6. See in particular H.R.3816—American Choice and Innovation Online Act, 117th Congress (2021–2022) and S.2710—
Open App Markets Act, 117th Congress (2021–2022).
7. For a comparison of both the substantive provisions and the operation of the different regimes, see Elias Deutscher, Reshaping
Digital Competition: The New Platform Regulations and the Future of Modern Antitrust, 67 Antitrust Bull. 302 (2022).
8. DMA, recital 12 states it applies “without prejudice” to those instruments. Further on their interaction, see Konstantina
Bania, Fitting the Digital Markets Act in the Existing Legal Framework: The Myth of the “Without Prejudice” Clause, Eur.
Compet. J. (Dec. 15, 2022).
9. At the time of writing, political agreement on the DSA had been reached, see EC, Digital Services Act: Commission
Welcomes Political Agreement on Rules Ensuring a Safe and Accountable Online Environment (press release, Apr. 23,
2022), IP/22/2545.
10. Regulation (EU) 2019/1150 of the European Parliament and of the Council on promoting fairness and transparency for
business users of online intermediation services [2019] OJ L186/57 (hereafter: P2B Regulation).
11. Regulation (EU) 2016/679 of the European Parliament and of the Council on the protection of natural persons with regard
to the processing of personal data and on the free movement of such data [2016] OJ L119/1 (hereafter: GDPR). Notably, it
strengthens the right to data portability (GDPR, art. 20), see further infra, Section III.
12. Directive 2010/13/EU of the European Parliament and of the Council on the coordination of certain provisions laid down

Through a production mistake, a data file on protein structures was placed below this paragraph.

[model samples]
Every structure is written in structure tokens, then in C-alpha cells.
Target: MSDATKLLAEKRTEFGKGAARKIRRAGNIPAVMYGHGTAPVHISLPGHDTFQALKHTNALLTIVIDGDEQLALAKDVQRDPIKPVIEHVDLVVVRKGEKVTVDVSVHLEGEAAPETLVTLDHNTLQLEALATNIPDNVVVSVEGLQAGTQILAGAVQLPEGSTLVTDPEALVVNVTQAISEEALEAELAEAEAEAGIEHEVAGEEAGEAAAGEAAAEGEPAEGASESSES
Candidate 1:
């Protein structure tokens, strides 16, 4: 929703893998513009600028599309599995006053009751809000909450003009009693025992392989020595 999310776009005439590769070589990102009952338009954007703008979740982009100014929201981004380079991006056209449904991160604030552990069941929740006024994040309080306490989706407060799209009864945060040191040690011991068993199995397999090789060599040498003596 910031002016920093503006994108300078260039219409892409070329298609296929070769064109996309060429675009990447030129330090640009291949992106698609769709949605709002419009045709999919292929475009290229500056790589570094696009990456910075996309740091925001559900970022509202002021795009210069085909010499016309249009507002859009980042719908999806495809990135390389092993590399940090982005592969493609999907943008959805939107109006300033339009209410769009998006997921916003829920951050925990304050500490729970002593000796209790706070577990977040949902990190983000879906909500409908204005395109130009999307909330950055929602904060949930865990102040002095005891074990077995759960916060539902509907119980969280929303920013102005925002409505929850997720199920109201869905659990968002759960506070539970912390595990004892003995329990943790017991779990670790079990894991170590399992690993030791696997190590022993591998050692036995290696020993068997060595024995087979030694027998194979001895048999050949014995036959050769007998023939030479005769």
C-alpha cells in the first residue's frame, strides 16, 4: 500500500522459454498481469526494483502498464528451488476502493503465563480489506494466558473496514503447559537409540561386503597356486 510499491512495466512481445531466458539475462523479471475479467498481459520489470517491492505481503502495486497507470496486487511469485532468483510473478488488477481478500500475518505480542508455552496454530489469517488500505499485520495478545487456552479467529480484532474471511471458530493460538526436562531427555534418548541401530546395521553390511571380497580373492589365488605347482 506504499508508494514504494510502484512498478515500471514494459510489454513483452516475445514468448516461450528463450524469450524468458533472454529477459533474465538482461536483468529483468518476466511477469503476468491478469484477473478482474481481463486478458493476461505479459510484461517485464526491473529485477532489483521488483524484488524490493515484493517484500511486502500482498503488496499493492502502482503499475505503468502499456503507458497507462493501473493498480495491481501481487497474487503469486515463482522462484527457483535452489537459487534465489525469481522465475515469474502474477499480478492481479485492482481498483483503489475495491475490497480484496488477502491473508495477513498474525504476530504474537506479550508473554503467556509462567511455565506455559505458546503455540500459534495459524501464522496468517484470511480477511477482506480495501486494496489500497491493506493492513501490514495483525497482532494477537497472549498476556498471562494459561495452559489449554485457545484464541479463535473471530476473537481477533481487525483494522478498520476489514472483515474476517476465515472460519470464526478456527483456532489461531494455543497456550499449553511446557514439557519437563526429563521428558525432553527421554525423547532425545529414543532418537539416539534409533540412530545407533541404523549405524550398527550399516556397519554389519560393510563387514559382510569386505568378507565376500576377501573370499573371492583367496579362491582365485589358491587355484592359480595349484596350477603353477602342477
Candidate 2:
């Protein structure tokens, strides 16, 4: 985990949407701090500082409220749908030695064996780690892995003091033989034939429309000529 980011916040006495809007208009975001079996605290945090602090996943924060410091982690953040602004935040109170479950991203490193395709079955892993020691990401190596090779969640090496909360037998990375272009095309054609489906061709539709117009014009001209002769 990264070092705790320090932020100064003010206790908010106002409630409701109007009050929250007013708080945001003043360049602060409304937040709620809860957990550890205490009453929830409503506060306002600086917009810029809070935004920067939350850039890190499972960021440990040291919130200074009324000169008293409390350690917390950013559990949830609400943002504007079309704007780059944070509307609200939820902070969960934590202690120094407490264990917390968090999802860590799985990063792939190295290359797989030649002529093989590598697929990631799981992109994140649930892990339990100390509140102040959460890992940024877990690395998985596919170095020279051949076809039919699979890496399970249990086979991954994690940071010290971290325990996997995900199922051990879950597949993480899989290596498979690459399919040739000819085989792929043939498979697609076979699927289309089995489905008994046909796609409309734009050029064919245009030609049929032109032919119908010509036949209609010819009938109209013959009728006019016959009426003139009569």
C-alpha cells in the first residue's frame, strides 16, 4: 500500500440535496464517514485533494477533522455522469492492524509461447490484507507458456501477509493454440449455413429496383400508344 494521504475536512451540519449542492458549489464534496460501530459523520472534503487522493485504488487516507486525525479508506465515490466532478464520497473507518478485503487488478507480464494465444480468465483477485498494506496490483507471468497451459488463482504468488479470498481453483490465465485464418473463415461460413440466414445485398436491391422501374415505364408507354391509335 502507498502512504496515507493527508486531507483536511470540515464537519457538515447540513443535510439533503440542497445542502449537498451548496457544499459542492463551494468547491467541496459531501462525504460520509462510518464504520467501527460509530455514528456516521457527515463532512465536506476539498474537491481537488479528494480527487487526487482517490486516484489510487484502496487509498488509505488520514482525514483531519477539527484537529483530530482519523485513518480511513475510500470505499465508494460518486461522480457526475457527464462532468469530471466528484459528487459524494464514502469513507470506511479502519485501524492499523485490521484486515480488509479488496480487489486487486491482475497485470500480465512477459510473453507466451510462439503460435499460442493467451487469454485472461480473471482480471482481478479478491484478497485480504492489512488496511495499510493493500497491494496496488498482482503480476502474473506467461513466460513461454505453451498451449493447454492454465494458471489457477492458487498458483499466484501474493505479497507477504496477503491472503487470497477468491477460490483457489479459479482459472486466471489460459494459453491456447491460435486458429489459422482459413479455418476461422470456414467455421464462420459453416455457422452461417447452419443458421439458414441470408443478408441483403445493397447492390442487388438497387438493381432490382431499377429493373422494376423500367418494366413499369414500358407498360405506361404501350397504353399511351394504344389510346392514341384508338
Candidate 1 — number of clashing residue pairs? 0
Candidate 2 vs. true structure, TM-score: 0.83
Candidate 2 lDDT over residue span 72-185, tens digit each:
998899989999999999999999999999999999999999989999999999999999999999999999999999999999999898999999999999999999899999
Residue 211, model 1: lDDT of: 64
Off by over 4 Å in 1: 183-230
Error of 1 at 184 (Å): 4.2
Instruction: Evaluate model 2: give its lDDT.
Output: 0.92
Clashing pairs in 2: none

by law, regulation or administrative action in Member States concerning the provision of audiovisual media services
[2010] OJ L95/1, as amended by Directive (EU) 2018/1808 of the European Parliament and of the Council amending the
Audiovisual Media Services Directive in view of changing market realities [2018] OJ L303/69.
Bostoen 265
not adopted with the digital economy in mind, the Unfair Commercial Practices Directive has a similar
focus on fairness and also includes a “blacklist” of banned practices.13
Notwithstanding this regulatory context, the DMA’s lineage must ultimately be traced back to com-
petition law. The DMA is both inspired by competition law and designed to remedy the limits inherent
in the enforcement of the abuse of dominance prohibition of Article 102 of the Treaty on the Functioning
of the European Union (TFEU).14 Such enforcement proceeds relatively slowly, inter alia due to the
need for fact-intensive assessments, which can be particularly complex in digital markets. Many of the
design choices in the DMA can be explained by this “need for speed” or procedural efficiency. This
comes to the fore most clearly in its scope. Where the scope of Article 102 TFEU is determined by the
concept of market power (or dominance), which requires a close examination of the market in question,
the DMA relies on the concept of “gatekeeper,” for which it uses simple(r) thresholds. In addition, the
DMA works with a relatively precise list of dos and don’ts that do away with competition law’s effects
analysis. The DMA also largely discards the possibility to justify prima facie abusive conduct. When it